You may visualize your garden under glass as a profusion of bloom and a riot of color, but you will certainly be missing something if you do not include some of the interesting and decorative trailing, climbing, and vining plants. Their distinctive leaf patterns, unusual forms and growth habits, and (on some) magnificent flowers, provide the frame that completes the picture made by your winter garden. They add grace and decoration to the interior of your greenhouse.
Many lovely plants whose nature it is to trail or hang, or even sprawl, are cultivated and displayed to advantage only when they are grown in a container that is suspended, as a basket or pot that hangs from above, or a pot placed on a high shelf.
To some plants nature has given the irrepressible urge and need to climb, clamber, or twine and twist. These plants can be grown in pots or other stable containers placed so the plants will grow up the inside of the glass, thereby shading tender plants on benches; or they can climb on a trellis, wire-mesh, or lattice arrangement of twine, against the solid wall of a lean-to greenhouse or even as floral "walls" to divide sections of benches.
Catalogues available from nurserymen list a variety of types and styles of containers for trailing plants: open-work wire baskets, metal baskets, plastic lattice-type baskets, pots with attached saucers, even ceramic containers or baskets of Mexican fern wood or redwood. I prefer the open-work wire basket for my own plantings; they seem to be more decorative when lined with sphagnum moss and the bits and pieces of moss wander through the openings. No matter what container you select, basic preparation is the same and quite simple.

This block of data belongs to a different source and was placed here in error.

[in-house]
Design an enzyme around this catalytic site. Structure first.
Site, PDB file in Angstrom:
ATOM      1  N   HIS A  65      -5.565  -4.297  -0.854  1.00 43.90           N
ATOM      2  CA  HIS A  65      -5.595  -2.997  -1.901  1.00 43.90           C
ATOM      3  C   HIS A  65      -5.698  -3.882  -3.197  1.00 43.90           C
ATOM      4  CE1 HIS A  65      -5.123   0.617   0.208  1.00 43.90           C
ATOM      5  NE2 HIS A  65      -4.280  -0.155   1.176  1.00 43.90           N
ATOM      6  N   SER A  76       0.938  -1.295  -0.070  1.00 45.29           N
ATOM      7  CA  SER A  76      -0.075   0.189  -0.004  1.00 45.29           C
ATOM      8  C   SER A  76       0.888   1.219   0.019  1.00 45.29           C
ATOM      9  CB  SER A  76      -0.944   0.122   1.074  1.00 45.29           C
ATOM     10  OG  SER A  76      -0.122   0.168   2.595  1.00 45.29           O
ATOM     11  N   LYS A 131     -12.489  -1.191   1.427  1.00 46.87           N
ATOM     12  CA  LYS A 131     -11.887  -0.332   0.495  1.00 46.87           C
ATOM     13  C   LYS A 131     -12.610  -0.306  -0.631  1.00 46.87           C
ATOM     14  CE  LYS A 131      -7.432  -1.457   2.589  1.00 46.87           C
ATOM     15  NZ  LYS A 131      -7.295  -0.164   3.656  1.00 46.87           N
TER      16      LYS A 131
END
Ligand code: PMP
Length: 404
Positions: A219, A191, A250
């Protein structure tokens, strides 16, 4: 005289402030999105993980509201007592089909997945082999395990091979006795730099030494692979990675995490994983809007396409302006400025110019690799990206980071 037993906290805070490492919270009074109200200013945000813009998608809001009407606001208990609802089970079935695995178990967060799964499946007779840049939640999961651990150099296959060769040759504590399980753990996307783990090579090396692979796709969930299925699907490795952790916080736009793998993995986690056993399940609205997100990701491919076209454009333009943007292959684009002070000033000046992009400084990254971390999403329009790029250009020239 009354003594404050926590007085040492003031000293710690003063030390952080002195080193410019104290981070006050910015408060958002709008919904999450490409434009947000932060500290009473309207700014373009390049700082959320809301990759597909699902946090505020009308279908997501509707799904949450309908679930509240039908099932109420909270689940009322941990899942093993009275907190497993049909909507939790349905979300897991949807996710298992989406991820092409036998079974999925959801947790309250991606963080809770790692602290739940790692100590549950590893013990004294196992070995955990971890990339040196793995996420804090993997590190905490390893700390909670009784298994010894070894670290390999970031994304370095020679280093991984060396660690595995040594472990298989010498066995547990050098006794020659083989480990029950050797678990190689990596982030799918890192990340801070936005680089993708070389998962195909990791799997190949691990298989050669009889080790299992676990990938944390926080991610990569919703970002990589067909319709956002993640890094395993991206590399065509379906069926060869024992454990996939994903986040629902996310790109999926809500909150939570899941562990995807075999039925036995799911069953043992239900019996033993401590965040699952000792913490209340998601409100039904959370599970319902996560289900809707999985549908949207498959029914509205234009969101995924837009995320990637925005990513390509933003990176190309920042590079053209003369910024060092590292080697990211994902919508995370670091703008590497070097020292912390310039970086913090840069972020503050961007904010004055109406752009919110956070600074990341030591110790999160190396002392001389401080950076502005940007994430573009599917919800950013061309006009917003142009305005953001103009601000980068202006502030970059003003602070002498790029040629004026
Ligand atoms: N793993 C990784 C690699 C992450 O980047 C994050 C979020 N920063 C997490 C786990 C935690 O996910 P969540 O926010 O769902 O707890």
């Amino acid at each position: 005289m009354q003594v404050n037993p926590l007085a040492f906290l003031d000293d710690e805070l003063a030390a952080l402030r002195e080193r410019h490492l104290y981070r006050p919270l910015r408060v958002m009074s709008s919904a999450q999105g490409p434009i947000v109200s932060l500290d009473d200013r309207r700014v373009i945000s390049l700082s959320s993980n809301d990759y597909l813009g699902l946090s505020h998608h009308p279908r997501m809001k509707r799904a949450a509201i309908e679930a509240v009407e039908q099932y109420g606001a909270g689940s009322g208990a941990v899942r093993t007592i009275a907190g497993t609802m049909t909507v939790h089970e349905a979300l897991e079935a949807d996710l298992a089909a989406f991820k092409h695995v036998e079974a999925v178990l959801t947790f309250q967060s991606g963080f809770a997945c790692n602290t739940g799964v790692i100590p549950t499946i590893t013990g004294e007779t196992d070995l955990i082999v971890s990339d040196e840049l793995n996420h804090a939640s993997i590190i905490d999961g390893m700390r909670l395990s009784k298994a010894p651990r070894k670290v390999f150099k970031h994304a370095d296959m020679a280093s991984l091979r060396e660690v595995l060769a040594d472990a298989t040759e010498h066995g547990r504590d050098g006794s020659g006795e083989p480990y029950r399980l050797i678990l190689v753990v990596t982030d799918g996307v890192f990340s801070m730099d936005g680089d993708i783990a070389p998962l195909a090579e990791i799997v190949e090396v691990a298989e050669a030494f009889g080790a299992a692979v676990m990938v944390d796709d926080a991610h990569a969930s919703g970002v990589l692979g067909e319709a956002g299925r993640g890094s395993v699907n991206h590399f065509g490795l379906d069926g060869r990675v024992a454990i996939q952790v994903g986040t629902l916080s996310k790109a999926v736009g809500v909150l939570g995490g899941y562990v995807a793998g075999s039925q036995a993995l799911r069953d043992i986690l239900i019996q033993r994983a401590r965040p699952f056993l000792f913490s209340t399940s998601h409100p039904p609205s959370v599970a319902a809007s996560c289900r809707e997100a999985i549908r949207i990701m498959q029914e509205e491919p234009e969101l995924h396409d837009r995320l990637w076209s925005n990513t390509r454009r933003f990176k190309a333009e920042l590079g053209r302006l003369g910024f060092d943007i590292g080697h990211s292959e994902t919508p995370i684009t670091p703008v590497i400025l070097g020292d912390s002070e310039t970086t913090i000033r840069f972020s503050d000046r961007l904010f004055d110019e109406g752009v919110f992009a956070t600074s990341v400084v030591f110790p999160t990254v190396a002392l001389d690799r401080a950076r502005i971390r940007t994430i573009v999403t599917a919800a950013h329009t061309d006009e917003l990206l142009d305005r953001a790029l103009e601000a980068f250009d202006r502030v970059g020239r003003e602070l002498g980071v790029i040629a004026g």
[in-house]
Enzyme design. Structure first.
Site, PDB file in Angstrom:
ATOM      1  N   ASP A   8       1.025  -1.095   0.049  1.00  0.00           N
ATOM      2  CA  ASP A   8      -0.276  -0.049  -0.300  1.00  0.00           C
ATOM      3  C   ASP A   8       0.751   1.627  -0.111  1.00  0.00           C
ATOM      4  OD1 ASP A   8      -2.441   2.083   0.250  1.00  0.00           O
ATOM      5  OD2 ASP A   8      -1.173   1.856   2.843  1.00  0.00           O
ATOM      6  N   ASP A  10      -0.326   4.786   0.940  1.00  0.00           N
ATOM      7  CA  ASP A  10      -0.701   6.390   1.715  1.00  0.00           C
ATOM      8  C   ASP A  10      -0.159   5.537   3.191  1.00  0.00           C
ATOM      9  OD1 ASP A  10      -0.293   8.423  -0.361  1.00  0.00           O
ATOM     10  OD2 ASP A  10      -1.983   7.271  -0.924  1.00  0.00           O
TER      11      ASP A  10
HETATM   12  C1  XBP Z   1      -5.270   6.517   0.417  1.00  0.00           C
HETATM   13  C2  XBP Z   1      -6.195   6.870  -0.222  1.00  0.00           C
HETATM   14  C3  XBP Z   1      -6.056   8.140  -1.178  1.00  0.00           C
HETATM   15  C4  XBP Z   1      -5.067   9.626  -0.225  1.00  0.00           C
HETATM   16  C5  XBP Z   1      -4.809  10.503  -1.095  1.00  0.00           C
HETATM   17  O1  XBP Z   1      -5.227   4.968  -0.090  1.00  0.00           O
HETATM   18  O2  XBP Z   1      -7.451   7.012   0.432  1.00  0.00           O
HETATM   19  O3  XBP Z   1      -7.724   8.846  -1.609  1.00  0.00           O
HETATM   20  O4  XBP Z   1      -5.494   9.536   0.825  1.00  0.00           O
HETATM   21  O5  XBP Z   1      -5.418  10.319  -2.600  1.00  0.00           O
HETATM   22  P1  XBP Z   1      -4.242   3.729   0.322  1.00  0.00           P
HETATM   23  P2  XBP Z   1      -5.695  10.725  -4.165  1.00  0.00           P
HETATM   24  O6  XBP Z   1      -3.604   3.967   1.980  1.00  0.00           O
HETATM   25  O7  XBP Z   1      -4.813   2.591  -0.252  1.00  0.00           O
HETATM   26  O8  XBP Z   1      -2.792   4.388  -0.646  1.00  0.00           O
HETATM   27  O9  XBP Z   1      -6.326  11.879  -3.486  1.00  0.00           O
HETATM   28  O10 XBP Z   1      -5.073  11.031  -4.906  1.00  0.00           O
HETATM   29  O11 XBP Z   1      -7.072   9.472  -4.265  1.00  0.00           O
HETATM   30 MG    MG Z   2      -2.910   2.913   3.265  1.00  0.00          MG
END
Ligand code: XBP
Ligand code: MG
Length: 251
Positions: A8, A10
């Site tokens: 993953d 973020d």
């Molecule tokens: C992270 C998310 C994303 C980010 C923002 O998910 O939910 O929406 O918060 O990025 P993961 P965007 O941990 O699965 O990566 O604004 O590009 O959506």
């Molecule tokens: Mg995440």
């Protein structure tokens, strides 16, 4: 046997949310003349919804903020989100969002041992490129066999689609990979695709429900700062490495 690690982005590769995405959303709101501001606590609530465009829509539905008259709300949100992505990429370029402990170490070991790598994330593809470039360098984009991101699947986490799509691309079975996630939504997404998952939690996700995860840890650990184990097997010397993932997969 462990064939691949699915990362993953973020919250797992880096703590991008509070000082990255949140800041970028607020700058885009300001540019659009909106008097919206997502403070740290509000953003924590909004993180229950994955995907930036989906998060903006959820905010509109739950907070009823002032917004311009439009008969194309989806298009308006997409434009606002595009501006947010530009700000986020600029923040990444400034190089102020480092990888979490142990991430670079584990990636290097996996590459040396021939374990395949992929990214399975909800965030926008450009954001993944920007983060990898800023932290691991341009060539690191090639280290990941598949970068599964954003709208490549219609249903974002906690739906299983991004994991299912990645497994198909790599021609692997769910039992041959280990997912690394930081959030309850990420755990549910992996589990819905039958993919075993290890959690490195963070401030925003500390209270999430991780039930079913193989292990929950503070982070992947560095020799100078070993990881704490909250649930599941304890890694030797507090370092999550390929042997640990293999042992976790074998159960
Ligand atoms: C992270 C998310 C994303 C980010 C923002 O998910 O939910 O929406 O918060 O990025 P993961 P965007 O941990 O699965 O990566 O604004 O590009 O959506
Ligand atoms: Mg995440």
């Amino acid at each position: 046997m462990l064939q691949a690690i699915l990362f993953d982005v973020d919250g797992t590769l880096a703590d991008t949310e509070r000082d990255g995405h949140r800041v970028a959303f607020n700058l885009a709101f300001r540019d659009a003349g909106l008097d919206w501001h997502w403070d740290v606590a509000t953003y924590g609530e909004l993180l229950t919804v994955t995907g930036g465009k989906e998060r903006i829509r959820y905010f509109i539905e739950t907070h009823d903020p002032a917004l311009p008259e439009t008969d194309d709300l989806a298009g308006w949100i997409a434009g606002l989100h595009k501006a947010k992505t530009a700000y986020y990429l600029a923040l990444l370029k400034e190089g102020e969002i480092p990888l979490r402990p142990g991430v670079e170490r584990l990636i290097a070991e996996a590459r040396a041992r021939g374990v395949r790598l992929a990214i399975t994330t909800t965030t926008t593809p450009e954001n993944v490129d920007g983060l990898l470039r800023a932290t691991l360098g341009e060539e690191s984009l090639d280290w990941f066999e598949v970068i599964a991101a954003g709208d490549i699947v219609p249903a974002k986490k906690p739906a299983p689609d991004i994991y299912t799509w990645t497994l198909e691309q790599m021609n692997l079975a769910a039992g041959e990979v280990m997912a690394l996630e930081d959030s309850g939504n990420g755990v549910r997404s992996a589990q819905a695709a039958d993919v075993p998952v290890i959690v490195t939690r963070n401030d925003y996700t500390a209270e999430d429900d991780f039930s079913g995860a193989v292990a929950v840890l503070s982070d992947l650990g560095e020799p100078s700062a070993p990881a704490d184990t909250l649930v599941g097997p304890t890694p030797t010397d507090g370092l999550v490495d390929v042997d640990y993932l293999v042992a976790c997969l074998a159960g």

Line the basket with moss (either coarse sphagnum or sheet moss) that has been soaked thoroughly and pressed firmly to remove excess water. This lining holds the soil mixture in the basket and helps retain moisture in the soil. Next, fill the basket to within about 1 inch of the top with a soil mixture consisting of equal parts of clean sharp sand, well-rotted manure, and garden loam, leafmold, or peatmoss. Water well and let drain before planting.
Care must be taken in the selection of the material to be planted in a basket. Plants mature rapidly under the ideal controlled conditions of ventilation, heat, and humidity provided under glass, and what seems to be a sparse planting when baskets are being prepared will, in short order, fill them to overflowing. In small baskets, plant no more than three evenly spaced plants to a basket. In large baskets, four or five plants can be accommodated depending upon your choice of plant material. Think of the basket as a square place one plant in each corner and one in the center.
Water thoroughly, using a fine spray to help prevent loss of moisture in the leaves due to transplanting, and to settle the plant into the soil mixture. Do not allow soil and moss to dry out or growth will be checked, and baskets will be a disappointment. It will be difficult for you to know the moisture condition of the soil, as the plants will be above eye level, so apply water liberally. Moss provides adequate drainage to prevent water-logging of soil. Liberal watering, however, leaches nutrients from the soil, so a regular feeding program with liquid fertilizer every two weeks is necessary.
For an interesting variety of foliage, color of bloom, and growth characteristics, try various combinations of the trailing and climbing plants listed below. Most of these are for a cool house with a temperature range of 45 to 50 F, but you will find that warmer temperatures near the roof of the greenhouse make it possible to include a few requiring a more moderate climate.
Some of the best are: begonias (tuberous hanging kinds), bougain-villea, browallia, Campanula isophylla, ceropegia, chlorophytum, clero-dendrum, episcia, fuchsia, Hedera Helix (English ivy), hoya (wax-plant), lantana, manettia (firecracker-vine), oxalis, passiflora (passionflower), pelargonium (ivy-leaved geranium), Plumbago capensis (leadwort), Saxifraga sarmentosa (strawberry-begonia), streptosolen (orange-browallia), Trachelospermum jasminoides (star-jasmine), and tradescantia (inch-plant).